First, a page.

Hahn an honorary RotarianPublished 9:17pm Thursday, June 28, 2012
Vitamins and eye drops.
That’s the extent of Maurice S. Hahn’s medication regimen as he approaches his 94th birthday in July.
Hahn, retired since 1980 after a 30-year career as a certified public accountant, Monday night was made an honorary member of Niles-Buchanan Rotary Club for 62 years of active involvement, including the presidency in 1957-58 and attending four international conventions — Dallas, Chicago twice and Osaka, Japan.
“He’s an amazing man,” Rotary President Kim Wooden said, pointing out that Hahn who still attends meetings Monday noon at Riverfront Café.
Hahn, of Barron Lake, lost his first wife from Hammond, Ind., in 1991. He married Bobbi in 2001. They divide their time between Niles and North Carolina.
The oldest of five children who grew up in Mishawaka, four of his siblings are still living.
“I’ve not taken any major medications in years,” he said, explaining that eye drops are a concession to corneal transplants in both eyes. “If you give your body a chance, it will heal itself, but people want to get well quicker. I’m more patient than most people.
Hahn said longevity runs in his family. His mother lived to 91, an aunt to 102.
Hahn moved to Niles in 1950 carrying a degree in accounting from the University of Michigan and began a career which resulted in becoming a partner in a national firm that eventually employed 60 people.
He rejected offers that would have taken him to New York City and Chicago.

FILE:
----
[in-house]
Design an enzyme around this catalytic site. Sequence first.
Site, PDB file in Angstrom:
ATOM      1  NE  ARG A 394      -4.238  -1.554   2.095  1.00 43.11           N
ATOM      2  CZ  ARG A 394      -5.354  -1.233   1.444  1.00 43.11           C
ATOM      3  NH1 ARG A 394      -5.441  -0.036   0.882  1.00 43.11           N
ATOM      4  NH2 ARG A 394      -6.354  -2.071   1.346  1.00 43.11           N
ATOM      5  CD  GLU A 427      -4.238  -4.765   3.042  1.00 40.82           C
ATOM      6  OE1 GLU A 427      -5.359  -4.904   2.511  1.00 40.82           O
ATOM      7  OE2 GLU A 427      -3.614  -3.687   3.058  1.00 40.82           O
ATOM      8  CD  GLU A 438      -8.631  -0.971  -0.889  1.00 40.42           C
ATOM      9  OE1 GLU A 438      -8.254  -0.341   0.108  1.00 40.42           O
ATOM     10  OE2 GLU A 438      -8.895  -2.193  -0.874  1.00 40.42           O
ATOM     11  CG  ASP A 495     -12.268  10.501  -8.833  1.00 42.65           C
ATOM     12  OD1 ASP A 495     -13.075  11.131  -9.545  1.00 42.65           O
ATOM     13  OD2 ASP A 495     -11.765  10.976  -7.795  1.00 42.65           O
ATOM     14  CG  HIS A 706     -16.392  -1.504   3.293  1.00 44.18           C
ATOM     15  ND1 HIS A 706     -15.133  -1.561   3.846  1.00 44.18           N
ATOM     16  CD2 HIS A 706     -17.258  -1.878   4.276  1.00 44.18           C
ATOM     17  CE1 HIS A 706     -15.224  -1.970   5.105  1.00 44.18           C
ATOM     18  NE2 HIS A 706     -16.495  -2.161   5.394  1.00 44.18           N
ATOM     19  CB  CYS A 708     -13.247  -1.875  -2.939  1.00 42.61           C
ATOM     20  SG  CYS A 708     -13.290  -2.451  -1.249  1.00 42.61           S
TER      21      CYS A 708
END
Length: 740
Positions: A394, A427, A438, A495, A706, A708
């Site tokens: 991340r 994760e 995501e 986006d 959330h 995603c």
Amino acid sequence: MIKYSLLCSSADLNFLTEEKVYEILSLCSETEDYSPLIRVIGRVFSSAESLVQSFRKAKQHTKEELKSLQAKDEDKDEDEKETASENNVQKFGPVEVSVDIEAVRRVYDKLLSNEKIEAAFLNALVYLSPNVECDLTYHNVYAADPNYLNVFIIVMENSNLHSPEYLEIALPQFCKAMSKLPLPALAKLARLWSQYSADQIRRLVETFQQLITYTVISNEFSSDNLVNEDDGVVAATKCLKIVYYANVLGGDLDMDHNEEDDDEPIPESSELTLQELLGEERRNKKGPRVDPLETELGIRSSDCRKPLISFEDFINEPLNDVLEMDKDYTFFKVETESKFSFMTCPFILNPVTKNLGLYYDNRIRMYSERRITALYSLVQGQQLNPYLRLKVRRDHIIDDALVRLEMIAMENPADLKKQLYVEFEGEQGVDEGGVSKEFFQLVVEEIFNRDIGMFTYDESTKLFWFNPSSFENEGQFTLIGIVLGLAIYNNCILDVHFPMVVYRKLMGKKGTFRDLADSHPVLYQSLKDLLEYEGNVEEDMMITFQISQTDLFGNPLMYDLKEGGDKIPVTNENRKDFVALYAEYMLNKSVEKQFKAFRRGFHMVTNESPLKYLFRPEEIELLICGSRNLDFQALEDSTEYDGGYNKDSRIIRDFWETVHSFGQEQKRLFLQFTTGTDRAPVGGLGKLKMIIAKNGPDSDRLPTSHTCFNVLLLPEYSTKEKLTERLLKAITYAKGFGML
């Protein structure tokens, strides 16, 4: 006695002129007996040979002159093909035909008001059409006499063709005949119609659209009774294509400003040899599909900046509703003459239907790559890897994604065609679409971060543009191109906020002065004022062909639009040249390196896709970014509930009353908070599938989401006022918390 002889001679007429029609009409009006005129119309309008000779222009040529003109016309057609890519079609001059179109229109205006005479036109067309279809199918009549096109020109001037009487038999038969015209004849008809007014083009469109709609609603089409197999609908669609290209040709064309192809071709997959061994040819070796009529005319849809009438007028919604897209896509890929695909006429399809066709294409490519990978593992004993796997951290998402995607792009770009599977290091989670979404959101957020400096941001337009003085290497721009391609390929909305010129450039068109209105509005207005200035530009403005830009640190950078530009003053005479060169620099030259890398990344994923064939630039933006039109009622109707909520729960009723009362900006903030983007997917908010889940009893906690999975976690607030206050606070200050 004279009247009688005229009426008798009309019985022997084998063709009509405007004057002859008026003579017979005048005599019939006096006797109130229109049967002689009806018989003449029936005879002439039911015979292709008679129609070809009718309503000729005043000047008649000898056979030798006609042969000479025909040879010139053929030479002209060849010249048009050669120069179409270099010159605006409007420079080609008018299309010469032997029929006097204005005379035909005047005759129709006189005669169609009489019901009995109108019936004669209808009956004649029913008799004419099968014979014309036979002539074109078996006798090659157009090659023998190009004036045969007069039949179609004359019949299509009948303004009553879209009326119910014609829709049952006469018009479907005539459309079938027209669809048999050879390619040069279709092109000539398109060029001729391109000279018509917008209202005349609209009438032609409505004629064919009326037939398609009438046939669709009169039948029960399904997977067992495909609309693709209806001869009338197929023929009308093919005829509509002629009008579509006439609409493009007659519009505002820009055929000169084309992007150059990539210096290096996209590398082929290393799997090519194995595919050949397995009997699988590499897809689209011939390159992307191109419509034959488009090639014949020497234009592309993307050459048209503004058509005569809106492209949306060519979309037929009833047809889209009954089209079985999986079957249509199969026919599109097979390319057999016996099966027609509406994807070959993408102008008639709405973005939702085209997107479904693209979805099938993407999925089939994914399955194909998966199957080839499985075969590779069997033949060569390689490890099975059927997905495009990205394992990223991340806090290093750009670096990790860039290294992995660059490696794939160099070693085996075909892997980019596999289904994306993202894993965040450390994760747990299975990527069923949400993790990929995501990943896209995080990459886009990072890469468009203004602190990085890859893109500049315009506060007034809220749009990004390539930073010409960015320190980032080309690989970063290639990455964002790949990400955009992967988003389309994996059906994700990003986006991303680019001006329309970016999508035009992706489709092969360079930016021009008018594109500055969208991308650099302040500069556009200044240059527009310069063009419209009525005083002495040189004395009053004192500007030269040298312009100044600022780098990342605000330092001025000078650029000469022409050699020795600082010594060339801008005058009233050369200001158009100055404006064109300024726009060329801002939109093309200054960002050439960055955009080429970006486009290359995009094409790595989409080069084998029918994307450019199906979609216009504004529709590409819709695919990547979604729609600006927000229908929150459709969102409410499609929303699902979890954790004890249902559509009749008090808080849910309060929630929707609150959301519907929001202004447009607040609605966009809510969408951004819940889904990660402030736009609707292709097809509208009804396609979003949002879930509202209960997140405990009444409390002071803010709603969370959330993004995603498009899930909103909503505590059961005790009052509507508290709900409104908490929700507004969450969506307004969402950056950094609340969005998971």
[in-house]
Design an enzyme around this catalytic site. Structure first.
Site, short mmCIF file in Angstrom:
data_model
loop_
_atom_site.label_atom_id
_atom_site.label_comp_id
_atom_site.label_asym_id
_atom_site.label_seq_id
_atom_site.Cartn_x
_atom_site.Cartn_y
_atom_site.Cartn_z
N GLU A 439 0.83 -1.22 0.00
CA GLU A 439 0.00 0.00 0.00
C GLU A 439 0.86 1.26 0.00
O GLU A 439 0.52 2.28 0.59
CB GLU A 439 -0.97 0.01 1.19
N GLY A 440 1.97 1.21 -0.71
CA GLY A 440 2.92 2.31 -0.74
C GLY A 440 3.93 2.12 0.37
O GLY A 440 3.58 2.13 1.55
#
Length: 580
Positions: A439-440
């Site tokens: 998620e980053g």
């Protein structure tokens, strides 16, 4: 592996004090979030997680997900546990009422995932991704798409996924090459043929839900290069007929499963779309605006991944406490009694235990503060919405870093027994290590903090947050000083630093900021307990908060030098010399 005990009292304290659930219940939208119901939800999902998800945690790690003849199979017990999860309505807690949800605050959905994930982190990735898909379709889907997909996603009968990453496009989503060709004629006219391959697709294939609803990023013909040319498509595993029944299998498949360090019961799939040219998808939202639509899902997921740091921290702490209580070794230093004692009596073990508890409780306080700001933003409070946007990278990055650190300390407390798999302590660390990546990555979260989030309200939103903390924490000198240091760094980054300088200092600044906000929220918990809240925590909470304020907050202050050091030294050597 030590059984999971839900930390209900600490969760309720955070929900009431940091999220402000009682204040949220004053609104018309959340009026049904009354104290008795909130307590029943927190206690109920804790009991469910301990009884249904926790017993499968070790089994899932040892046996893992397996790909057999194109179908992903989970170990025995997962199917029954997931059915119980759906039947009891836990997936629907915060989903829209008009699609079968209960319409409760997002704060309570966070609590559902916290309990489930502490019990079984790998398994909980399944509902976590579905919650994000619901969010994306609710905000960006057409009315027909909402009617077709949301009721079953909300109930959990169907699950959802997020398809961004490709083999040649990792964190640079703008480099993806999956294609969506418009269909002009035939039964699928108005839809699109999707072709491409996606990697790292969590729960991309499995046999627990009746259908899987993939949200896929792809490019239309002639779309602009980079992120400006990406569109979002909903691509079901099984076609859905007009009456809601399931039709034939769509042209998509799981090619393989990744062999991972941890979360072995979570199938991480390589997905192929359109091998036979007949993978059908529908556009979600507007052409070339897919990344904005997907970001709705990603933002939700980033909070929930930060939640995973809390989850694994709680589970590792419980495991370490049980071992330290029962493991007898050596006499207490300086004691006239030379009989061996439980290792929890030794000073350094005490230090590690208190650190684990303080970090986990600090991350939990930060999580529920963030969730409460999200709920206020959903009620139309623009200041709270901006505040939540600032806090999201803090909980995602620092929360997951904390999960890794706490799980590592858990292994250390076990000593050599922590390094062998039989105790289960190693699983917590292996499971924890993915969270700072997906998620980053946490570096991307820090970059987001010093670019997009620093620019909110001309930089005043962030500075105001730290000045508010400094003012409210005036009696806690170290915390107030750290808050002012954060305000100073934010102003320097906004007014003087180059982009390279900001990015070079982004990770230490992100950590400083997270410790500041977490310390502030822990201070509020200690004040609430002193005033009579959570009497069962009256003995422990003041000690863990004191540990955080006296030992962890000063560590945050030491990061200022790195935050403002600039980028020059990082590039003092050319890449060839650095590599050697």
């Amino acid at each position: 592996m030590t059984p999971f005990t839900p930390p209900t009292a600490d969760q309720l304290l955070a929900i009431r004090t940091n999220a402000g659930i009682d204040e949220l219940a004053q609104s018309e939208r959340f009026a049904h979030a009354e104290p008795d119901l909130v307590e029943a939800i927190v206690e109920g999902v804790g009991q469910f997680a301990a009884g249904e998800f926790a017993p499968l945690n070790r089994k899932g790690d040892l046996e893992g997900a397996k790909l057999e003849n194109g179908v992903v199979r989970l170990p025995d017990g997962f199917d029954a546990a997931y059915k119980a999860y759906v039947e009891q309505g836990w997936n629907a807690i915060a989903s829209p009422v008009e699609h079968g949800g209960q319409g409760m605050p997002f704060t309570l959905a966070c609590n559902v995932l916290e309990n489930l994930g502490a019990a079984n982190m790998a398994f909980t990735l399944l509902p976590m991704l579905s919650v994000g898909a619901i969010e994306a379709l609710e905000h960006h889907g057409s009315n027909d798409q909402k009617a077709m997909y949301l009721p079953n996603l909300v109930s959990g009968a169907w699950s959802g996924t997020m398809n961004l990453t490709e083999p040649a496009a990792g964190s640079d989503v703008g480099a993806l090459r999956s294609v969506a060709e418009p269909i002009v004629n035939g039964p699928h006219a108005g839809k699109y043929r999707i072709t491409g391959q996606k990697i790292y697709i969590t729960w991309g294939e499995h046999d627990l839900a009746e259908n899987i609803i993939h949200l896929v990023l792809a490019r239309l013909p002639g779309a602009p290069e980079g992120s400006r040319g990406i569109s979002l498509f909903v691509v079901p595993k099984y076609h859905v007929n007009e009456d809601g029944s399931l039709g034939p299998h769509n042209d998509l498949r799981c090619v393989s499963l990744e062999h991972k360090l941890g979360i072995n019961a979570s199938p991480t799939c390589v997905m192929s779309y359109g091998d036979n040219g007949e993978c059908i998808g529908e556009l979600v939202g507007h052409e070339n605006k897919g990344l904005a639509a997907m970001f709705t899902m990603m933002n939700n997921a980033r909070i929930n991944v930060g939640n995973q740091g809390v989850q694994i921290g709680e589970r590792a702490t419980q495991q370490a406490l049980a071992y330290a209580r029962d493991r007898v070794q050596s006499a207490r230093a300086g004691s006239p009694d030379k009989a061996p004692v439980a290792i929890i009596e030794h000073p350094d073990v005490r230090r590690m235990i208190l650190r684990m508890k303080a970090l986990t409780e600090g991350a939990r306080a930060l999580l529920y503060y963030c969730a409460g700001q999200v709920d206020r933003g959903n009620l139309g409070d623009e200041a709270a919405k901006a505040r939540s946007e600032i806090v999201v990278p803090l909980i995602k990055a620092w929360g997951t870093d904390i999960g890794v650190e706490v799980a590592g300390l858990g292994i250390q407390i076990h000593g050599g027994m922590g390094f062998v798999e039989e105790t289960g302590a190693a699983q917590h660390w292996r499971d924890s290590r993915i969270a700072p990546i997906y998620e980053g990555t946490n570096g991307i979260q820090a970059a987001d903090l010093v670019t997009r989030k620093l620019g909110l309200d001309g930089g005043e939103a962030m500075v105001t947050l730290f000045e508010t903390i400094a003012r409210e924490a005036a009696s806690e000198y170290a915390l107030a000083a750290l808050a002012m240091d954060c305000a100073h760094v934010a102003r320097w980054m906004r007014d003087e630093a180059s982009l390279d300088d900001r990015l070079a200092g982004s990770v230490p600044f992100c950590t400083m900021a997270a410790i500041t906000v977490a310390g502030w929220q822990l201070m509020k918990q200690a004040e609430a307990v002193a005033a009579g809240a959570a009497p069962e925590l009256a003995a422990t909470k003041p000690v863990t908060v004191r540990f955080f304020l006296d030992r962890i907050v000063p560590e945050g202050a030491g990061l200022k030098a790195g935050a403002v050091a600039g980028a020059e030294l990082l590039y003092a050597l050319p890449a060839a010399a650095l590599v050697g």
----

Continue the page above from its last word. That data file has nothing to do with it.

During the Depression, he worked two years after high school before he could afford college and served 3 1/2 years in the Army before returning to the University of Michigan for his master’s degree in business administration.
Hahn worked for a firm in Ann Arbor for 3 1/2 years until a school audit brought him to Niles. Fruit Belt in Cassopolis, forerunner of Midwest Energy, was a client throughout his career. Dowagiac Mayor Graham Woodhouse was another client.
Michigan required CPAs to reside in the state or to have an office here. A Chicago firm with an office in Fort Wayne, Ind., bought Maury’s office in the Masonic Temple on the corner of Third and Main streets, paying him $6,000, plus 80 percent of profit turned in Niles as a bonus. In 1955, he became a partner.
In 1959, his firm merged with a national firm in Boston, which had 15 offices west from Los Angeles to San Francisco. It merged with one of the eight largest firms in the nation to became Coopers and Lybrand before Maury retired.
Joining forces in 1998 with Price Waterhouse, the firm has been known as PwC since 2010.